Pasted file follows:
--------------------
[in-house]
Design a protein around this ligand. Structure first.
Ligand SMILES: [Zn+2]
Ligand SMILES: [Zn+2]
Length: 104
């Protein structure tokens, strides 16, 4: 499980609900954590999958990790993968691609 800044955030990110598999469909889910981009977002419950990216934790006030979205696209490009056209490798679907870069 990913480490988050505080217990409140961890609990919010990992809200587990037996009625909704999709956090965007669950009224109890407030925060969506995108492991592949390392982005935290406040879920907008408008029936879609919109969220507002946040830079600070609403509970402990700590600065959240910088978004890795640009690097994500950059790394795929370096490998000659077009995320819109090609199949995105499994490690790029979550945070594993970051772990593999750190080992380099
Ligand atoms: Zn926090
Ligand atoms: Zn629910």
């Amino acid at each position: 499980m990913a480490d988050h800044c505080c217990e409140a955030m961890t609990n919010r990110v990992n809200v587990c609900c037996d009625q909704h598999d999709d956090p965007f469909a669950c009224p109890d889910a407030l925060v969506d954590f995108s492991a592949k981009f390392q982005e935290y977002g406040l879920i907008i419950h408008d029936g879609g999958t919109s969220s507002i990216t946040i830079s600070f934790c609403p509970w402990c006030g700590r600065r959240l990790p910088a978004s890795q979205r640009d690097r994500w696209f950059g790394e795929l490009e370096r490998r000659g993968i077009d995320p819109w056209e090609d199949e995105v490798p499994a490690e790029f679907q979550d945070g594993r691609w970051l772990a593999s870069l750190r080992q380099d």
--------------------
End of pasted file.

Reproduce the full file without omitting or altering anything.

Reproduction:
[in-house]
Design a protein around this ligand. Structure first.
Ligand SMILES: [Zn+2]
Ligand SMILES: [Zn+2]
Length: 104
């Protein structure tokens, strides 16, 4: 499980609900954590999958990790993968691609 800044955030990110598999469909889910981009977002419950990216934790006030979205696209490009056209490798679907870069 990913480490988050505080217990409140961890609990919010990992809200587990037996009625909704999709956090965007669950009224109890407030925060969506995108492991592949390392982005935290406040879920907008408008029936879609919109969220507002946040830079600070609403509970402990700590600065959240910088978004890795640009690097994500950059790394795929370096490998000659077009995320819109090609199949995105499994490690790029979550945070594993970051772990593999750190080992380099
Ligand atoms: Zn926090
Ligand atoms: Zn629910």
């Amino acid at each position: 499980m990913a480490d988050h800044c505080c217990e409140a955030m961890t609990n919010r990110v990992n809200v587990c609900c037996d009625q909704h598999d999709d956090p965007f469909a669950c009224p109890d889910a407030l925060v969506d954590f995108s492991a592949k981009f390392q982005e935290y977002g406040l879920i907008i419950h408008d029936g879609g999958t919109s969220s507002i990216t946040i830079s600070f934790c609403p509970w402990c006030g700590r600065r959240l990790p910088a978004s890795q979205r640009d690097r994500w696209f950059g790394e795929l490009e370096r490998r000659g993968i077009d995320p819109w056209e090609d199949e995105v490798p499994a490690e790029f679907q979550d945070g594993r691609w970051l772990a593999s870069l750190r080992q380099d």